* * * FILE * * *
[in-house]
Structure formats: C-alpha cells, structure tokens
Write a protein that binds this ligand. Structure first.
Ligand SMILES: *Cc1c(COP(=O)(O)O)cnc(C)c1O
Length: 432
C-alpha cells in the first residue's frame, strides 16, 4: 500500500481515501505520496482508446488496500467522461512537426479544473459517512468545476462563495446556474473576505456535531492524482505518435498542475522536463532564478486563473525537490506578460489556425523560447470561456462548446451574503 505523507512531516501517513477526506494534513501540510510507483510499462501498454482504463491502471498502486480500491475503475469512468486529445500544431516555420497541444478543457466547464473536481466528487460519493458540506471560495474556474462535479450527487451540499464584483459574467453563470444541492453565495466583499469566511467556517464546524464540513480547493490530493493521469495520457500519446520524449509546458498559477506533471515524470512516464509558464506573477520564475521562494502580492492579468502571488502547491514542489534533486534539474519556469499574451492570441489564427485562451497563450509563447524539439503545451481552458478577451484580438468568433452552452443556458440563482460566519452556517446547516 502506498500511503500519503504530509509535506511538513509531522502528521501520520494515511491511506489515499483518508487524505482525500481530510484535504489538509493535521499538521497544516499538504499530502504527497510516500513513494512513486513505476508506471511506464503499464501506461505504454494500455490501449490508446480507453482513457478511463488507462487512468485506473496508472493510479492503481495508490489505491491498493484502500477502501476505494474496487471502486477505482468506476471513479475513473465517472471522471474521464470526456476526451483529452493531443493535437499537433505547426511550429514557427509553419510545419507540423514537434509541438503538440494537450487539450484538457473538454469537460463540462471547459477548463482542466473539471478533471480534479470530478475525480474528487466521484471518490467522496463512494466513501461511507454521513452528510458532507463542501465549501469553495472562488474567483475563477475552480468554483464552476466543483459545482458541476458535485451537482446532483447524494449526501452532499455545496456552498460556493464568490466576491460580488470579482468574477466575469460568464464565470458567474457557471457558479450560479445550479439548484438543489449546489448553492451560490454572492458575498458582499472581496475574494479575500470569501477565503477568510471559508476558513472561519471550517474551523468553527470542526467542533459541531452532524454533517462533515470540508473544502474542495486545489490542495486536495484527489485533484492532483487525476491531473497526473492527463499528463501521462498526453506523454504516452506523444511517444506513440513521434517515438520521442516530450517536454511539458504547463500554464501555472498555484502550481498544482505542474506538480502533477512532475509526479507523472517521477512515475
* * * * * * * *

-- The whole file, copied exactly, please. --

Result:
[in-house]
Structure formats: C-alpha cells, structure tokens
Write a protein that binds this ligand. Structure first.
Ligand SMILES: *Cc1c(COP(=O)(O)O)cnc(C)c1O
Length: 432
C-alpha cells in the first residue's frame, strides 16, 4: 500500500481515501505520496482508446488496500467522461512537426479544473459517512468545476462563495446556474473576505456535531492524482505518435498542475522536463532564478486563473525537490506578460489556425523560447470561456462548446451574503 505523507512531516501517513477526506494534513501540510510507483510499462501498454482504463491502471498502486480500491475503475469512468486529445500544431516555420497541444478543457466547464473536481466528487460519493458540506471560495474556474462535479450527487451540499464584483459574467453563470444541492453565495466583499469566511467556517464546524464540513480547493490530493493521469495520457500519446520524449509546458498559477506533471515524470512516464509558464506573477520564475521562494502580492492579468502571488502547491514542489534533486534539474519556469499574451492570441489564427485562451497563450509563447524539439503545451481552458478577451484580438468568433452552452443556458440563482460566519452556517446547516 502506498500511503500519503504530509509535506511538513509531522502528521501520520494515511491511506489515499483518508487524505482525500481530510484535504489538509493535521499538521497544516499538504499530502504527497510516500513513494512513486513505476508506471511506464503499464501506461505504454494500455490501449490508446480507453482513457478511463488507462487512468485506473496508472493510479492503481495508490489505491491498493484502500477502501476505494474496487471502486477505482468506476471513479475513473465517472471522471474521464470526456476526451483529452493531443493535437499537433505547426511550429514557427509553419510545419507540423514537434509541438503538440494537450487539450484538457473538454469537460463540462471547459477548463482542466473539471478533471480534479470530478475525480474528487466521484471518490467522496463512494466513501461511507454521513452528510458532507463542501465549501469553495472562488474567483475563477475552480468554483464552476466543483459545482458541476458535485451537482446532483447524494449526501452532499455545496456552498460556493464568490466576491460580488470579482468574477466575469460568464464565470458567474457557471457558479450560479445550479439548484438543489449546489448553492451560490454572492458575498458582499472581496475574494479575500470569501477565503477568510471559508476558513472561519471550517474551523468553527470542526467542533459541531452532524454533517462533515470540508473544502474542495486545489490542495486536495484527489485533484492532483487525476491531473497526473492527463499528463501521462498526453506523454504516452506523444511517444506513440513521434517515438520521442516530450517536454511539458504547463500554464501555472498555484502550481498544482505542474506538480502533477512532475509526479507523472517521477512515475